The Watch Style lacks NFC, GPS, and Heart-rate measuring functionality. The only sensors present in the device are an accelerometer, ambient light sensor, and gyroscope. The Watch Style also lacks a speaker but includes a microphone, which translates into being able to record, but not playback an audio message.
Moving on to the battery, the Watch Style has a smaller 240mAh battery, which despite claims to last an entire day, could leave heavy power users needing to charge up before the end of the workday.The LG Watch Style is currently priced at $249.99.
2. Asus Zenwatch 3 – Premium build with a great mix of features
The Zenwatch 3 from Asus was announced earlier this year. Gone is the rectangular display and massive bezel that the previous generations were known for, and instead Asus has opted for a circular design that has a certain air of sophistication to it.
The watch itself is gorgeous, and between the three user-customizable crown buttons, rose gold trim and the premium leather band, the Zenwatch 3 could easily be mistaken for a luxury-branded analog watch. Even better, at just 9.5mm thin, the watch should have no problem fitting nicely under a shirt cuff – something that most other wearables such as the S3 still struggle with.
Unfortunately, that premium strap could be a little thin for some, and proprietary straps are never well received.
Turning to the internals, the Zenwatch 3 has 1.39-inch AMOLED display that pushes out an impressive 400 x 400 resolution at 287-pixels per inch density, that works well under a variety of lighting conditions. The Zenwatch 3 uses the Snapdragon Wear 2100 from Qualcomm, which like the LG Watch Style offers efficient operation without the need for a massive battery.
Asus still however managed to provide a respectable 341mAh battery into the Zenwatch 3, which can provide nearly two full days of use for most users. The included charging dock can impressively provide a 60% charge within 15 minutes, something that Asus touts as Hypercharge.
The Zenwatch 3 comes with 4GB of storage, and 512mb of RAM. Unfortunately, connectivity options seem to end at Bluetooth and Wi-Fi, however, as the watch lacks a GPS sensor, heart-rate monitor or NFC radios. Asus die however add a microphone and speaker to the Zenwatch 3, allowing both voice control and calls to be taken from the device when connected to a paired phone.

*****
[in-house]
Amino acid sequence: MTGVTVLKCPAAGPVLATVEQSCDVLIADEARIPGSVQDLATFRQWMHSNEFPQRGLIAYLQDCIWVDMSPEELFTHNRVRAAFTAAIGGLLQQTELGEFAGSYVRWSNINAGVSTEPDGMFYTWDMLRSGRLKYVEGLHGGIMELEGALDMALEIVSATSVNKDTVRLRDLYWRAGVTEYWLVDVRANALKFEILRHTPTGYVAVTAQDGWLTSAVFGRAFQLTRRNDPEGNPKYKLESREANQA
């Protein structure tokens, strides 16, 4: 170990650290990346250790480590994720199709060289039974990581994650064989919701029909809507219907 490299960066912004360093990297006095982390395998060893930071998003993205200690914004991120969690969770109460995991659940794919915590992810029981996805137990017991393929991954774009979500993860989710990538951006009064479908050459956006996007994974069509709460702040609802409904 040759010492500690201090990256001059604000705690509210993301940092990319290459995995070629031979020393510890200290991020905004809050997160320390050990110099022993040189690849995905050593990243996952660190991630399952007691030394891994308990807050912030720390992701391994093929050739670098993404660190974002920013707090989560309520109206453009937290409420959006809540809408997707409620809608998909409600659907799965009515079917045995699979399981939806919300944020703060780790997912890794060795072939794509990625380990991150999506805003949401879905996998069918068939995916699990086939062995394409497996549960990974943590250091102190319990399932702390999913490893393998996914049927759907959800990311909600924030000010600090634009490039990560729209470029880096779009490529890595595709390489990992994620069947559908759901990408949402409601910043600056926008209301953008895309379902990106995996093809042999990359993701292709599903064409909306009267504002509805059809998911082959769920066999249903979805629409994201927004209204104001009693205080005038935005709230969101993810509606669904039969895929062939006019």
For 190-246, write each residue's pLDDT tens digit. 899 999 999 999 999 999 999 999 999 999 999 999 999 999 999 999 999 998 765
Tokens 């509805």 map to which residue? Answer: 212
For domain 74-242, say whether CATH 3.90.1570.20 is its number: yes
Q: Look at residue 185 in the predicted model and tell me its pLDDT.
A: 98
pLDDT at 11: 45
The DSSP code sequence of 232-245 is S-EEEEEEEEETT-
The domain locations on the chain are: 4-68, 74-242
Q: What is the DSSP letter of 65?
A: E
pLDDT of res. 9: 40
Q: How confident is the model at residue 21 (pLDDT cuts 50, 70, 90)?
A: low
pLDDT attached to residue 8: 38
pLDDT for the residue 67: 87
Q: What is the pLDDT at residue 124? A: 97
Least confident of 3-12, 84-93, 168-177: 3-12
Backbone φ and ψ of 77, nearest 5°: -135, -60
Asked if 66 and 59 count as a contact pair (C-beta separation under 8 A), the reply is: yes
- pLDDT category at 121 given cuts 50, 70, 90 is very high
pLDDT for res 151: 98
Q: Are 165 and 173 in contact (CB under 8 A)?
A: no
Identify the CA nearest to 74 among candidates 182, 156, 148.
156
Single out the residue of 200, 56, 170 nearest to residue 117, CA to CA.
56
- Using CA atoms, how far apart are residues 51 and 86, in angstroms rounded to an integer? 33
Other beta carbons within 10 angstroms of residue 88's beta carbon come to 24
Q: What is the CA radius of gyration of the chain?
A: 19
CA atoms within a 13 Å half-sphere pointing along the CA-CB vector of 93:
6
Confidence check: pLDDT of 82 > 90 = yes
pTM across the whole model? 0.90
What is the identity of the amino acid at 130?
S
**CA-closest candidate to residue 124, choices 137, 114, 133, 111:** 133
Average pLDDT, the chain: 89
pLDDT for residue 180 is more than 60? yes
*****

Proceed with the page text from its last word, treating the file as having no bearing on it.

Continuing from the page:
Asus gave the Zenwatch an IP67 rating for water resistance, which should be more than ample for most users that need to be around water, but keep in mind that the included strap is made of leather and may not handle water as nicely as the watch itself.
3. Huawei Watch 2 – A new Premium offering
Huawei announced the second generation Watch 2 smartwatch recently during MWC 2017. Huawei unveiled two devices in the Watch 2 line: The rugged looking Watch 2, and the thinner, more elegant Watch 2 Classic. Both versions of the device come equally equipped with a full array of sensors and features, and both run Google’s new Android Wear 2.0 operating system.
In terms of first impressions, the Watch 2 fits the bill as a wearable that is sturdy enough to take to the gym or to wear to the office. The included silicone strap and ceramic bezel look neither too flashy nor too delicate, which is a breath of fresh air for those that want a smartwatch that can be used as a daily driver, without worrying about scratches. To the side of the watch are two configurable crowns, which while a great addition, lack any rotating ability seen on many other devices with larger crowns.
The bezel, while contributing to overall ruggedness of the device, may seem a little larger to many, especially as it cannot rotate. By way of comparison, the S3 Frontier has a bezel that is nearly as defined, but it doubles up as a navigational aid.
As an aside, if the raised sport-like bezel is not your thing, Huawei’s other smartwatch, the Watch 2 Classic may be more to your liking. The Classic sports a stainless-steel bezel that is smaller and less defined.
The 20mm strap that is included is of a standard size that allows near limitless possibilities for replacement, depending on your taste.
As with the other smartwatches mentioned, the Watch 2 is both water and dust resistant, carrying an IP68 rating which translates into the device surviving up to 30 minutes in 1.5m of water.
Huawei packed a 1.2 inch AMOLED screen into the Watch 2, with a resolution of 390 x 390 that provides a very dense 326 pixels per inch. While this does make the screen crisp and bright, the fact remains that the Watch 2 has a smaller screen than most watches, and especially among the wearables that pack as much as Huawei did into this sleek package. As with most other smartwatches, Gorilla Glass 3 is protecting the small screen from any form of scratching.
Huawei also opted for the Snapdragon Wear 2100 to power the Watch 2, pairing the processor with 4GB of internal storage and 768MB of RAM. In terms of connectivity, Huawei Watch 2 supports Wi-Fi, Bluetooth, GPS, and NFC. The smartwatch also includes heart-rate monitoring, and unlike most other smartwatches, the Watch 2 includes an LTE radio.
Battery life on the Huawei Watch 2 is estimated to be around two days between charges with moderate use, which is more than adequate to get people through a busy day or two. Charging the phone is done with the included charging dock, which connects easily to juice up the 420mAh battery.
If connectivity concerns are a non-issue, and you just want a smartwatch to wear for a few hours a day, the LG Watch Style may be for you.
Similarly, if you looking more into the fitness side of a smartwatch, the Huawei Watch 2 may be more up your alley.
Ultimately, it comes down to how you intend to use the device, and what features you value.